Similarly, Jordan Peterson is willing to cave on freedom of association and his supposed message of inidividualism and liberty because to do otherwise would risk losing his brand. This isn’t to say that he is without courage or doesn’t face real opposition. But the “Intellectual Dark Web” that he is a part of will only keep getting mentions in the New York Times if, when all is said and done, he continues to play by the rules set by the leftists he supposedly fights.

(Republished from VDare by permission of author or representative)
 
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  1. Brabantian says: • Website

    Seems the difference in the examples of creating a wedding cake for gays, vs serving black customers in general, is this:

    If you are in business selling a product, you must offer it to anyone of legal age and capacity to buy it, and cannot discriminate by category of person

    But you are not obligated to ‘create’ something which you do not wish to create … The gay people can buy any off-the-shelf existing cake pattern, but cannot expect the baker to customise a cake for them … the Muslim videographer is not obliged to shoot a porn film etc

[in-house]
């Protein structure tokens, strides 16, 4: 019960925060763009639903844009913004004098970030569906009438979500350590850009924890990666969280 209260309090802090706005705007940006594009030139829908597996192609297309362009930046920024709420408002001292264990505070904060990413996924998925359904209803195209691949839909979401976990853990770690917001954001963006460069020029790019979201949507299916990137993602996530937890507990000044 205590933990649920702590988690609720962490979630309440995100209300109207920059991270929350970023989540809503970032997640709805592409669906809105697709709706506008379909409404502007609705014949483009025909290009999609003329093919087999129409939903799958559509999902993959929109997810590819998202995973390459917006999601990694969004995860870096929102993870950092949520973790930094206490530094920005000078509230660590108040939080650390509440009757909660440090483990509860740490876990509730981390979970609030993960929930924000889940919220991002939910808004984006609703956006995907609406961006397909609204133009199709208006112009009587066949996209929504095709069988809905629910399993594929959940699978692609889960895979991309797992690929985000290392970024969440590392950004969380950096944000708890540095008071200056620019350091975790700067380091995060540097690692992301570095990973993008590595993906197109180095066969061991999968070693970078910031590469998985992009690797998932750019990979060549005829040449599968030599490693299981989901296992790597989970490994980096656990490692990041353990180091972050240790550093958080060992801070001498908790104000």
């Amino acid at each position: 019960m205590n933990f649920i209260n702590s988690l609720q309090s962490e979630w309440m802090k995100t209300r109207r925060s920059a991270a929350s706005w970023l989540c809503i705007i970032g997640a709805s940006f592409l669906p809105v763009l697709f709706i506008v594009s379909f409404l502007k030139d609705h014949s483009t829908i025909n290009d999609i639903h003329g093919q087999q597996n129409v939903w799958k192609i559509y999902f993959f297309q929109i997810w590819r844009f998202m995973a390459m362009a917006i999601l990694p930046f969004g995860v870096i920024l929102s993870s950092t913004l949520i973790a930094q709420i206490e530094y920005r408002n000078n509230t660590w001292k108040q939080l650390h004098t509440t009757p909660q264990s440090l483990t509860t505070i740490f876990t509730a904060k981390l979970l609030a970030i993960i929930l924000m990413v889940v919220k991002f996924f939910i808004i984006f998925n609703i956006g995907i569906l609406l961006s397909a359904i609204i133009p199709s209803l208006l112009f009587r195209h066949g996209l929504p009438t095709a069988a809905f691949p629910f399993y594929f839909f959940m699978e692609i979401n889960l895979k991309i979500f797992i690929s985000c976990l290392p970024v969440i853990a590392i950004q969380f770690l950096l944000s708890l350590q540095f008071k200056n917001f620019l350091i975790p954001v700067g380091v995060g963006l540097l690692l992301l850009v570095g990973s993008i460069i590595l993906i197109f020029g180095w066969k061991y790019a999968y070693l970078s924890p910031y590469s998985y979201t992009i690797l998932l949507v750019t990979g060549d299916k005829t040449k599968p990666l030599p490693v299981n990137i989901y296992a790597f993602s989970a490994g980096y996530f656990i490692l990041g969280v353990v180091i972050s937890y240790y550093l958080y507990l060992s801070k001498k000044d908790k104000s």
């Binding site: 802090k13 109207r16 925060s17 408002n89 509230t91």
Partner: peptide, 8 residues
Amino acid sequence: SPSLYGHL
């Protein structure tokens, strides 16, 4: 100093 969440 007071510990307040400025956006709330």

2. KenH says:

    Since bakers aren’t a public utility and there’s usually a lot of competition they should be allowed to discriminate based on sexual orientation and race. After all, Sarah Sanders was asked to leave a restaurant without being served for working in the Trump administration. This is both racial and political discrimination as I doubt the lefty restaurant owner would have had the guts to ask Ben Carson to leave.

    The left condones discrimination by private enterprises when the targets are white people whose politics they dislike, but condemns it when a private enterprise targets any member of lunatic left wing fringe like homosexuals. Of course, most people know by now that pathological lying and rank hypocrisy is what the Jewish funded and led left is all about.

  3. sb says:

    Is it OK to ignore Jews and hope they go away ?

  4. @Brabantian

    But why should the owner of a private business be forced to do business with anyone? It’s a private business. The owner should be allowed to discriminate for any reason – political views, race, religion, etc. It’s his (or her) business.